Steve DeBoer hitting his stride with running streak

By Cigale Ahlquist

When Steve DeBoer crossed the finish line in Langford Park’s Fourth of July road race last month, he was mere blocks from his boyhood home on Raymond Avenue in St. Anthony Park.

But running has taken him so much farther.

Not long after taking up the sport as a high school freshman in 1968 to get in shape for basketball, DeBoer focused on running. Since 1971, he has logged at least a mile for what is now more than 18,000 consecutive days.

Back then he thought: Let’s see how many days I can do this.

“From early on, I thought, I’ll try to do that every day,” he said.

When people talk about streaks in athletics, Cal Ripken Jr.’s name comes to mind. The baseball hall of famer known as “The Iron Man” played in 2,632 consecutive games for the Baltimore Orioles over 17 seasons.

DeBoer’s streak hit 50 years on June 7.

By July 4, it was at 18,291 days and counting, good for third place on the national registry maintained by the U.S. Running Streak Association (runeveryday.com). He chronicles his streak and his life during that time in a new, self-published book titled “Traversing the Tundra,” mirroring the name of the column he writes for the association’s quarterly newsletter.

DeBoer, 66, a retired Mayo Clinic registered dietitian, who has lived in Rochester since 1987, is younger than the two runners ahead of him on the list: Jon Sutherland, 70, of West Hills, Calif., and Jim Pearson, 77, of Marysville, Wash.

Because runners remain on the registry only as long as their streak is active, DeBoer sees a chance that he could someday move up to the No. 2 spot. The 1972 graduate of Murray High School realized early that he wasn’t an especially gifted athlete and that perseverance, not speed, was his forte as a runner.

His first attempt at making the junior varsity basketball team was rebuffed.

“The next year I made the team, but was the last guy on the bench,” he said.

He didn’t have much success on the cross-country team either.

“I was in two races in varsity and finished dead last in both,” he said. “That was my claim to fame.”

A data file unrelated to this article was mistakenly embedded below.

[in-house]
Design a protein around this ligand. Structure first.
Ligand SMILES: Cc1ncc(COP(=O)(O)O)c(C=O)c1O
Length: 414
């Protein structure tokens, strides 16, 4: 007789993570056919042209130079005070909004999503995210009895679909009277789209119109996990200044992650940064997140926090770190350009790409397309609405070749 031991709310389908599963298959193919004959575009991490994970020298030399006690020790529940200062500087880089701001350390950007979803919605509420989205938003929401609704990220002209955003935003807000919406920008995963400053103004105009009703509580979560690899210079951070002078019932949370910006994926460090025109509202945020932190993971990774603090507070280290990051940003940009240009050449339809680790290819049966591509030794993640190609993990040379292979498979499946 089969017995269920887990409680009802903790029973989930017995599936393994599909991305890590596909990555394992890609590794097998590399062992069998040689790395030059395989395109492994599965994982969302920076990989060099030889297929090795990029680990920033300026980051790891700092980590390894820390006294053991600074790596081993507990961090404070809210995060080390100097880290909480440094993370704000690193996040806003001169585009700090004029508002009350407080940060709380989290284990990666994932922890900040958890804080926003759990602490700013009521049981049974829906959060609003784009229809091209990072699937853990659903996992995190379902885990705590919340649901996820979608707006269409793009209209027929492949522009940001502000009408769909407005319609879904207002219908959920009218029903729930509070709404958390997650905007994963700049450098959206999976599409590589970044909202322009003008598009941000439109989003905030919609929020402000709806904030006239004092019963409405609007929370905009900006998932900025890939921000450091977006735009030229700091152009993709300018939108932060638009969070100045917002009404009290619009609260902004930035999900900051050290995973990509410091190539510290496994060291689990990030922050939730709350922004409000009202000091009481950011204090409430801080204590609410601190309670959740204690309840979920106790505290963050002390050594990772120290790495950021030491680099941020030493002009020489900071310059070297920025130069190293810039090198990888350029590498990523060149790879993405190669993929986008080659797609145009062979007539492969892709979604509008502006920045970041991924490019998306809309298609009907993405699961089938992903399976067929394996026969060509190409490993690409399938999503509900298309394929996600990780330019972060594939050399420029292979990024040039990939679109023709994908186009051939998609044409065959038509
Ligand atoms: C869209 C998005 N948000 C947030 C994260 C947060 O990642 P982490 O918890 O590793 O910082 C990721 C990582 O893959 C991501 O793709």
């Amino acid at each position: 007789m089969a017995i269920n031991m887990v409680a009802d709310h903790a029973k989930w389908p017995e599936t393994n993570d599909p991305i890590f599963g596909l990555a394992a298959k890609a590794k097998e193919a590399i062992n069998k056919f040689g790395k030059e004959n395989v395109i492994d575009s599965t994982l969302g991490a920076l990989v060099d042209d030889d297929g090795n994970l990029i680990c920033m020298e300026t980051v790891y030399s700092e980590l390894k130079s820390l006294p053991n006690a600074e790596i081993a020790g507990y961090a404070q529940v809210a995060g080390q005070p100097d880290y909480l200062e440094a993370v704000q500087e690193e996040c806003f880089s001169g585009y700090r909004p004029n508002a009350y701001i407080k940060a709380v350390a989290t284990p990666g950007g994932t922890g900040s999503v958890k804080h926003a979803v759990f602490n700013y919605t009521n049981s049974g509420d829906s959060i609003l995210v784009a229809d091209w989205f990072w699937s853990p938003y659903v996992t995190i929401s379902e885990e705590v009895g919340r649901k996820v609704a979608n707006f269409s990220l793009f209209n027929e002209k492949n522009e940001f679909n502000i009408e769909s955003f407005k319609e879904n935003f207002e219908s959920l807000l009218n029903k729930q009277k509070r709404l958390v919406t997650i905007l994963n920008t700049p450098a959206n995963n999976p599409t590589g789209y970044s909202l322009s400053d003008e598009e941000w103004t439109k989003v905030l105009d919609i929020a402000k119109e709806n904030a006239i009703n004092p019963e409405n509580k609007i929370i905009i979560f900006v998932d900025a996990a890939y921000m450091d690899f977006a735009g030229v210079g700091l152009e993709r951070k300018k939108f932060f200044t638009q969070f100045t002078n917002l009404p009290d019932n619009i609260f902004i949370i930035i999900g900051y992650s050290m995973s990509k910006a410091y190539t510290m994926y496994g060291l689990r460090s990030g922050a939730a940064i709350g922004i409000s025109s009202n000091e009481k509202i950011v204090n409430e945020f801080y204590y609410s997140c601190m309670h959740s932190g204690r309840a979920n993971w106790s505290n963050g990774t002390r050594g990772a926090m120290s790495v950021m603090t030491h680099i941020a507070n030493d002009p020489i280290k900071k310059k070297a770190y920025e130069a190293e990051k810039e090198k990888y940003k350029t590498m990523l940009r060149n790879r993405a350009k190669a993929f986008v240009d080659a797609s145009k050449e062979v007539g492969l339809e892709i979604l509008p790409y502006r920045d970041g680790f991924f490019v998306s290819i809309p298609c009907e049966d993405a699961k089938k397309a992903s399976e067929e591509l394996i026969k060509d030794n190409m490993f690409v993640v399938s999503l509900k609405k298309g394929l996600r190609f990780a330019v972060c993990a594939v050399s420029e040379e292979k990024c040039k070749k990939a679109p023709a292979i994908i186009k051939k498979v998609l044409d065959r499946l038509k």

An early exercise regimen of calisthenics laid the foundation for his “streak” mentality. Still today, DeBoer, who is 5 feet 9½ inches and weighs in the low 140s, stretches and does 100 pushups every morning.

Running every day was unusual in the 1970s, DeBoer said.

“What’s really unusual is that Minnesota has had the most streak runners of any state for most of the past 50 years (235 people currently),” he said, “and that St. Paul had the most of any city in the 1970s and 1980s.” Back then, four were from St. Anthony Park.

“I was the second person from Minnesota to run daily for at least one year, my brother Dave was third, John Magnuson was sixth and Dad was seventh,” said De­Boer, noting that his father, Wendell, who died in 2014, was also the first person to run daily into his 50s, 60s and 80s.

The Langford Park race is a family reunion of sorts for the DeBoers.

He and his brothers Dave and Bob were the only three participants who ran the Langford race this year who did the first one in 1974, DeBoer said. He has run it 43 of the 47 times it has been held. Dave has done 42 and Bob 33.

Wendell last ran the Langford race, his 33rd time at the event, in 2012 at the age of 88.

DeBoer, who served two years in the Peace Corps after earning a degree in food science and nutrition from the University of Minnesota, estimates he has run 800 road races. His usual routine to maintain race shape: running six days a week in his neighborhood, with a longer run of 15 to 20 miles on Saturdays.

His best finish at 26.2 miles was 2 hours, 42 minutes in the 1989 Twin Cities Marathon. He has qualified before for the Boston Marathon and hopes to run it for the first time this October.

“In my early 20s, I was running 3,000 miles a year,” said DeBoer, who runs shirtless in temperatures above freezing. “My highest mileage year—2019—I ran 3,943 miles.”

Building on his running streak has not been without setbacks, DeBoer said, including, at various times, a kidney stone, a broken ankle (he used a walking boot and pain meds to keep going) and double pneumonia.

 “Continuing to run daily requires some good luck as well as determination,” he said. “I was fortunate to keep going.”

What’s next for DeBoer, who has no plans to stop his streak? He has two long-term goals:

• Run the distance to the moon (which at its closest to Earth is about 216,000 miles). As of the end of June, DeBoer had run about 174,000 miles, meaning he has 42,000 miles to go. “If it happens, it’ll be after I’m 80 years old,” he said. “God willing, I’ll give it a try.”

• His other goal: To run a marathon at age 90.

Steve DeBoer’s book “Traversing the Tundra” can be purchased at tinyurl.com/SteveDeBoerBook. 

Cigale Ahlquist is a Twin Cities freelance writer who is a regular contributor to the Bugle.

1 Response

  1. I would like to make contact with Steve DeBoer. I am the publisher of PeaceCorpsWorldwide.org and we promote the books and other writings of Peace Corps Volunteers. I saw that Steve has a book about his running, and I would like to get a copy of it, but the URL in your article does not work. Thank you for your help

Leave a Reply